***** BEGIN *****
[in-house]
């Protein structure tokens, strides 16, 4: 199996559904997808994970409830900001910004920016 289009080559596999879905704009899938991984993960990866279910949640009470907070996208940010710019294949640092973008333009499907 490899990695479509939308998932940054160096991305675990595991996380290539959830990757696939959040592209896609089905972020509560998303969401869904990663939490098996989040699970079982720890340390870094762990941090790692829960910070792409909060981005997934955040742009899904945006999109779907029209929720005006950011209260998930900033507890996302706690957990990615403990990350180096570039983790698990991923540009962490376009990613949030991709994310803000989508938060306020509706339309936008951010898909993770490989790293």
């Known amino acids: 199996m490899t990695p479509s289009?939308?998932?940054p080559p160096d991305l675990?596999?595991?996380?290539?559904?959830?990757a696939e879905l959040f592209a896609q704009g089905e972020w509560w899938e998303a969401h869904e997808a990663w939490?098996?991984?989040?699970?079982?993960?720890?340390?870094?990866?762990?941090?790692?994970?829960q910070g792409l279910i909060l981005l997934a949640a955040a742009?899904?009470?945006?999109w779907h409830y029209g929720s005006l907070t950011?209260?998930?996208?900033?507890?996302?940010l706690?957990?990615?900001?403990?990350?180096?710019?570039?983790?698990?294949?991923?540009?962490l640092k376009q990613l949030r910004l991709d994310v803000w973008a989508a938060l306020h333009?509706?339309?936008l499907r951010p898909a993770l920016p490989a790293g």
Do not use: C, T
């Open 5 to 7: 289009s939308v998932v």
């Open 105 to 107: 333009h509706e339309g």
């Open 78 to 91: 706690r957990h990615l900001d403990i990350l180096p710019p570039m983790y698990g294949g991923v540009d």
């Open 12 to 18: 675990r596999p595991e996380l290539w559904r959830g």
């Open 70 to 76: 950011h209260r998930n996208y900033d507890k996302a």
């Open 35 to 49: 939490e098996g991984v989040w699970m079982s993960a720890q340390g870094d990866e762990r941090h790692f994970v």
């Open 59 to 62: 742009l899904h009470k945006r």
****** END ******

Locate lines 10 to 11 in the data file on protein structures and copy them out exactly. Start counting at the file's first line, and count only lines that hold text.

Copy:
């Open 35 to 49: 939490e098996g991984v989040w699970m079982s993960a720890q340390g870094d990866e762990r941090h790692f994970v």
């Open 59 to 62: 742009l899904h009470k945006r």